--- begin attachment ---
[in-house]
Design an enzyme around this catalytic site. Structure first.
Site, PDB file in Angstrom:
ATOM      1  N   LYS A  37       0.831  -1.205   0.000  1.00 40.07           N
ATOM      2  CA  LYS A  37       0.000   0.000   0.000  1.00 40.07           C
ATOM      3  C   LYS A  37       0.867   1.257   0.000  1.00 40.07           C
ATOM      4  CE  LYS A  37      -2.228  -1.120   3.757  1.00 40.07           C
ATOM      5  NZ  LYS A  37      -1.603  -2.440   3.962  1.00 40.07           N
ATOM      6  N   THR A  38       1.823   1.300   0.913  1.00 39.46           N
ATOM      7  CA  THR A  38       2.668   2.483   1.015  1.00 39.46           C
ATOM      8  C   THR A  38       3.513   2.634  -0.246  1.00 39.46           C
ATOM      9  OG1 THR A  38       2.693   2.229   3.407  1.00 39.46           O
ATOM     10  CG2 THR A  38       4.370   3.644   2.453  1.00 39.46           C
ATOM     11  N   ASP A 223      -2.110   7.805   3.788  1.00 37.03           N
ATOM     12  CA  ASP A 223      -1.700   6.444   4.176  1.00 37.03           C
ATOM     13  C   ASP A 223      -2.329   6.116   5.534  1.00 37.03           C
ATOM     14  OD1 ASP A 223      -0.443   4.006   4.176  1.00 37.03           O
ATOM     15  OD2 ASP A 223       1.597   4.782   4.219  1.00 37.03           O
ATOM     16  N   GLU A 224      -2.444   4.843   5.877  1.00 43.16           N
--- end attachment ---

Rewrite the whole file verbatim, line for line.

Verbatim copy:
[in-house]
Design an enzyme around this catalytic site. Structure first.
Site, PDB file in Angstrom:
ATOM      1  N   LYS A  37       0.831  -1.205   0.000  1.00 40.07           N
ATOM      2  CA  LYS A  37       0.000   0.000   0.000  1.00 40.07           C
ATOM      3  C   LYS A  37       0.867   1.257   0.000  1.00 40.07           C
ATOM      4  CE  LYS A  37      -2.228  -1.120   3.757  1.00 40.07           C
ATOM      5  NZ  LYS A  37      -1.603  -2.440   3.962  1.00 40.07           N
ATOM      6  N   THR A  38       1.823   1.300   0.913  1.00 39.46           N
ATOM      7  CA  THR A  38       2.668   2.483   1.015  1.00 39.46           C
ATOM      8  C   THR A  38       3.513   2.634  -0.246  1.00 39.46           C
ATOM      9  OG1 THR A  38       2.693   2.229   3.407  1.00 39.46           O
ATOM     10  CG2 THR A  38       4.370   3.644   2.453  1.00 39.46           C
ATOM     11  N   ASP A 223      -2.110   7.805   3.788  1.00 37.03           N
ATOM     12  CA  ASP A 223      -1.700   6.444   4.176  1.00 37.03           C
ATOM     13  C   ASP A 223      -2.329   6.116   5.534  1.00 37.03           C
ATOM     14  OD1 ASP A 223      -0.443   4.006   4.176  1.00 37.03           O
ATOM     15  OD2 ASP A 223       1.597   4.782   4.219  1.00 37.03           O
ATOM     16  N   GLU A 224      -2.444   4.843   5.877  1.00 43.16           N